This means that damaged or returned products can be given a new lease of life rather than it ending up in landfill. They estimate that since launch, they have saved over 200,000 pounds of clothing from going to the refuse heap. Of course, the lower price point of the refurbished clothing makes the brand more accessible to consumers, opening them up to a wider audience, but far from de-valuing the brand, it also plays up to the environmentally conscious consumer.

H&M have launched a Take Care hub where one can find tips for looking after clothing, making it last longer and repairing it. Their website states: We’ve launched repair ateliers at our flagship stores in Stockholm, Vienna, London and Paris, where you can get your clothes mended or upgraded. To mend is on trend! ran an article coinciding with Recycle Week in September, listing the high street stores offering money off coupons when you return old clothing or footwear to them. These included H&M, Marks & Spencer, and Schuh. From there, they’re either sold as secondhand goods, converted into other garments, or broken down into textile fibres to manufacture other products. Sustainability aside, the incentive is here to encourage loyal customers, elongate LTV, and of course from a brand perception point of view, build emotional connections. However, it is an open question as to whether the money off coupons then encourage unnecessary shopping again!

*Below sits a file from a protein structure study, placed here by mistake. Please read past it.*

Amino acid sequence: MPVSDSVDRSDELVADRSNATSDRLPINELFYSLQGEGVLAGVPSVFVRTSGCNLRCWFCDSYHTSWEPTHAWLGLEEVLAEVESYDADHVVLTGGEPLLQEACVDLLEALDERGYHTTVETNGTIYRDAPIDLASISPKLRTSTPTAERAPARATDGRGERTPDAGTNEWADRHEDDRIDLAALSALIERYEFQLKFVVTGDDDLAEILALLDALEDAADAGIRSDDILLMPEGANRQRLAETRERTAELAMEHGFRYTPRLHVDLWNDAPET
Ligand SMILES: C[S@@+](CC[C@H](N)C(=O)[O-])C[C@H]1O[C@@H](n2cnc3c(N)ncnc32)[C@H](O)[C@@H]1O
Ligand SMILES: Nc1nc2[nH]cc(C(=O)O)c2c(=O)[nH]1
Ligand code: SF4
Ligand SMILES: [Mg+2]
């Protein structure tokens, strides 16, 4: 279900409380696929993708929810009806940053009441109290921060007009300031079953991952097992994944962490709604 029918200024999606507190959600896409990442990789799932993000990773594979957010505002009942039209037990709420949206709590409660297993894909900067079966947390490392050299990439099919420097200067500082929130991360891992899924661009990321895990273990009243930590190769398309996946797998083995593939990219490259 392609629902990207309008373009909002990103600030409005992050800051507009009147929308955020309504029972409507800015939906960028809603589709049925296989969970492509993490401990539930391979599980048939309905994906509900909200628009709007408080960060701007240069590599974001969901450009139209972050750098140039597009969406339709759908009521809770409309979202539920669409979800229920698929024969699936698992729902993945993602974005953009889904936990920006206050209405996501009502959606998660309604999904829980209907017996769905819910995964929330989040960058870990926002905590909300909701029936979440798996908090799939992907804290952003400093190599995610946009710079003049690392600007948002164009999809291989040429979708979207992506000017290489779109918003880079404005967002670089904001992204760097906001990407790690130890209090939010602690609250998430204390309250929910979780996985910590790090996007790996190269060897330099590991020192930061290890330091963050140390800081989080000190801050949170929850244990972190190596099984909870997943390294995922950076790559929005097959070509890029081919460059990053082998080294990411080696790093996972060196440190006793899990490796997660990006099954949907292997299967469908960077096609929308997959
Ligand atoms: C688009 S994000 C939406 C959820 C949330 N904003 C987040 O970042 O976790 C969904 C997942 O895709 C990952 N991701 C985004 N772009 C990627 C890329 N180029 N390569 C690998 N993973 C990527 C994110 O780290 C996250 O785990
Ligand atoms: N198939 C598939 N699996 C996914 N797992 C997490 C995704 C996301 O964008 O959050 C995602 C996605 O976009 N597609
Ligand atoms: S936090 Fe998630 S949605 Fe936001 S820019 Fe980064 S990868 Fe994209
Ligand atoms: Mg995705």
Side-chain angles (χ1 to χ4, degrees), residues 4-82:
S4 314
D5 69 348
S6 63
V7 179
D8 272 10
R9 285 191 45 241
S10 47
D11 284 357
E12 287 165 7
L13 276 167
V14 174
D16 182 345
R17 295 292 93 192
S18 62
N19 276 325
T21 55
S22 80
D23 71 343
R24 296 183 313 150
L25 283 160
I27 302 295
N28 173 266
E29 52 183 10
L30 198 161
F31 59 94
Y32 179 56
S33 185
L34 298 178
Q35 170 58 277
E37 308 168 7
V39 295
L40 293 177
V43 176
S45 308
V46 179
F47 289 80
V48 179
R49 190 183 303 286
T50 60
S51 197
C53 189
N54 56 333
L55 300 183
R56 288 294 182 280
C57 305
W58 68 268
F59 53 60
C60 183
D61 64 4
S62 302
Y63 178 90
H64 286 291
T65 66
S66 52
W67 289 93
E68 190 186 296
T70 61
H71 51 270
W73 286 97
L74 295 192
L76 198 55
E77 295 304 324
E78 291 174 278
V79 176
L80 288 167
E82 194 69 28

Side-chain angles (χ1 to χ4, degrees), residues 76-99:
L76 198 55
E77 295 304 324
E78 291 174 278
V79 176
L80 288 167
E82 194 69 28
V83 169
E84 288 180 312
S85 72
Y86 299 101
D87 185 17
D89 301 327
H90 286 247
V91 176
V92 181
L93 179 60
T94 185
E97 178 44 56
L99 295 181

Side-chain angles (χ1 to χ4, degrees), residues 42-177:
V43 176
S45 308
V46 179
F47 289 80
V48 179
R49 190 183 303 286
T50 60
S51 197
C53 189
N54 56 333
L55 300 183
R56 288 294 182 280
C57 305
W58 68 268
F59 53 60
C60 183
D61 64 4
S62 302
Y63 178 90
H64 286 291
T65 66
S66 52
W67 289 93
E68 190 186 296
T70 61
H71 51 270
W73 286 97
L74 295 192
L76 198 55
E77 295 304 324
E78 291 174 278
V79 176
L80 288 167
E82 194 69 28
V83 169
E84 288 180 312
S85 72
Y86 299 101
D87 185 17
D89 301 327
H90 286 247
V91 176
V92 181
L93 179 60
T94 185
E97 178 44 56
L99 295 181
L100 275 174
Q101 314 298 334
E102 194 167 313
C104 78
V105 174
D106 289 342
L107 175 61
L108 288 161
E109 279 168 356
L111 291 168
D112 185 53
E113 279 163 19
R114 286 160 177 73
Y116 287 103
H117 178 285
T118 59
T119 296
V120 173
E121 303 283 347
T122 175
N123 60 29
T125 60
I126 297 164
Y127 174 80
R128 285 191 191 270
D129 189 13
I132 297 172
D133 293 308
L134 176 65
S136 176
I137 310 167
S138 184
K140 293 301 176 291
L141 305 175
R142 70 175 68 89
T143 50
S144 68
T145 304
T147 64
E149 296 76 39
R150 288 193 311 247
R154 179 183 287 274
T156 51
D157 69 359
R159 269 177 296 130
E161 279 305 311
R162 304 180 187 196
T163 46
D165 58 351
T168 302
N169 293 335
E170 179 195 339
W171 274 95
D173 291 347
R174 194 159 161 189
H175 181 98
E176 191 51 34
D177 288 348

Activewear brand Craghoppers launched their “flagship jackets” for Autumn/Winter, mindfully made from up to 110 recycled plastic bottles. They claim that 70% of their Autumn collection is made from recycled materials – impressive! But these jackets don’t come cheap, with a price tag of £200 each. The battle between conscience and purse strings commences.

The switch from fast fashion to luxury – and ethical implications

Experts predict that the more ethically aware consumer is sparking a preference from fast fashion to high end. Reports have previously filled the news with the poor working conditions in garment factories in China and India, churning out cheap fashion goods for our UK high street. However, in June, The Guardian reported on similar issues being seen in clothing factories right here in the UK…